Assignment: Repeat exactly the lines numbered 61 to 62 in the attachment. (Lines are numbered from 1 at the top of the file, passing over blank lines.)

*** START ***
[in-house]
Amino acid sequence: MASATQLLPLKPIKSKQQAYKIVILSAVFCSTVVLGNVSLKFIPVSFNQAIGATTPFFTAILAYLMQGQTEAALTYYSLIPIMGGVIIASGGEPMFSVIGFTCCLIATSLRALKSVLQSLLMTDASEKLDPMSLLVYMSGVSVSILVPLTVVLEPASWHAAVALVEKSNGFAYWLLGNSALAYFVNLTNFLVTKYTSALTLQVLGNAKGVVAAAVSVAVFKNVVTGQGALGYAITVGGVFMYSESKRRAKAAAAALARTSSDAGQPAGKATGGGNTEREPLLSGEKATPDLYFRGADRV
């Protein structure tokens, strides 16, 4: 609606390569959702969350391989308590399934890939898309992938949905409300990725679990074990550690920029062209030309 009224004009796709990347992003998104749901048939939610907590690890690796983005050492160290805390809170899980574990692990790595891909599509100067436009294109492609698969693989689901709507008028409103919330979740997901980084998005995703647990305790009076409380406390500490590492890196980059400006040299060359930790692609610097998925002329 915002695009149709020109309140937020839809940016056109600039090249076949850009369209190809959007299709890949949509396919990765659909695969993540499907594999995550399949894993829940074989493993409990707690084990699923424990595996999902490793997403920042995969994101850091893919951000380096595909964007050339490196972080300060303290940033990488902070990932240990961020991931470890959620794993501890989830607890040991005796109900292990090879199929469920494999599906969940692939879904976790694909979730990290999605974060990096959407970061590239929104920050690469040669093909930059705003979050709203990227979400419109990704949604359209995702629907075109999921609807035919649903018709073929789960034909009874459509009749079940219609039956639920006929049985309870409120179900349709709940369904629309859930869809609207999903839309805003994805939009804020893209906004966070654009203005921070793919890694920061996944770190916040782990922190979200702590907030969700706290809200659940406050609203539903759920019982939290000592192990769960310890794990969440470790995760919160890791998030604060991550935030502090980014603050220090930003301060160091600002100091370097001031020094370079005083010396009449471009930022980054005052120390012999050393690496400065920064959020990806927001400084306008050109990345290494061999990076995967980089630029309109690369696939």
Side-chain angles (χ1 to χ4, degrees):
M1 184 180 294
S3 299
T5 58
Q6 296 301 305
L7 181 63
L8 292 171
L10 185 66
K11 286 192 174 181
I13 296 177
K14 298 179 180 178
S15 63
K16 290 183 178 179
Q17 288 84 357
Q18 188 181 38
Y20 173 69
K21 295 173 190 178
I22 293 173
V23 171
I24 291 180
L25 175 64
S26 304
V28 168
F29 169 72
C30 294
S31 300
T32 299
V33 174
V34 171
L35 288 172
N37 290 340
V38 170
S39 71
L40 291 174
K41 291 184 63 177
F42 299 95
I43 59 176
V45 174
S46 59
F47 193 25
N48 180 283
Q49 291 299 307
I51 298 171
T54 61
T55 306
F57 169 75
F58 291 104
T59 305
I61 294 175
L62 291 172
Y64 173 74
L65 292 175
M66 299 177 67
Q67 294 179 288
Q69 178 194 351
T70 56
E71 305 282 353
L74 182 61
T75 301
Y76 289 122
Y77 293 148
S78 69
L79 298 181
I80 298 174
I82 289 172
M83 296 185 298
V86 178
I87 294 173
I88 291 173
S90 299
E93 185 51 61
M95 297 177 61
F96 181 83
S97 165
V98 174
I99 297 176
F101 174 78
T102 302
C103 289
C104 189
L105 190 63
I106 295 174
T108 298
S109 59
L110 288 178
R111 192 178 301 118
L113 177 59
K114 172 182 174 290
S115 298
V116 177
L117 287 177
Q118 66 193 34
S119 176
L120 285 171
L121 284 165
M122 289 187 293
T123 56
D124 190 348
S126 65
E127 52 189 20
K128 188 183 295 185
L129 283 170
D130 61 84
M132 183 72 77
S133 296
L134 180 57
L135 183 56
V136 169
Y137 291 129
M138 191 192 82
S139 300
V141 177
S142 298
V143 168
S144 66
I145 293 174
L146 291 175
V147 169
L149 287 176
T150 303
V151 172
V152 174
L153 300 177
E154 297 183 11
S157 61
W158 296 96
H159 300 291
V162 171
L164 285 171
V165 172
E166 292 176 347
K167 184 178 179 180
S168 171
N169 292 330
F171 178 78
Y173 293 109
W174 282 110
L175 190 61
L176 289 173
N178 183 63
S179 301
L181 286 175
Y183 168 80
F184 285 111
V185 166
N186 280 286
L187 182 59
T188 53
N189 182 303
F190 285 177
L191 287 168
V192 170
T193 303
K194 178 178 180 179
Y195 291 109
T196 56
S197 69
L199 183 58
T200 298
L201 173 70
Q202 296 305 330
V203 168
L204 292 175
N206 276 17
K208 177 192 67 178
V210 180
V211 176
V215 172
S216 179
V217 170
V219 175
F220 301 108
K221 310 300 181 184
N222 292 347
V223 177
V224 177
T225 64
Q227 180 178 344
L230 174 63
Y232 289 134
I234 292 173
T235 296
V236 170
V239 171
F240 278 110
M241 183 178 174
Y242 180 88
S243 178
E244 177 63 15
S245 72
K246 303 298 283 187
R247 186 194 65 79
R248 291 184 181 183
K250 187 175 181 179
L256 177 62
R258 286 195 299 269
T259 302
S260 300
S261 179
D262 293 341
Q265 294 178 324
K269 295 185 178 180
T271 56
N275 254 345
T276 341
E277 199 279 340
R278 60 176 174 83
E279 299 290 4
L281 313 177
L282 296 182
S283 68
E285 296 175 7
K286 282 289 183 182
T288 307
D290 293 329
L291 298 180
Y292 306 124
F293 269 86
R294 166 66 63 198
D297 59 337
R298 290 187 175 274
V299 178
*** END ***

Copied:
L74 182 61
T75 301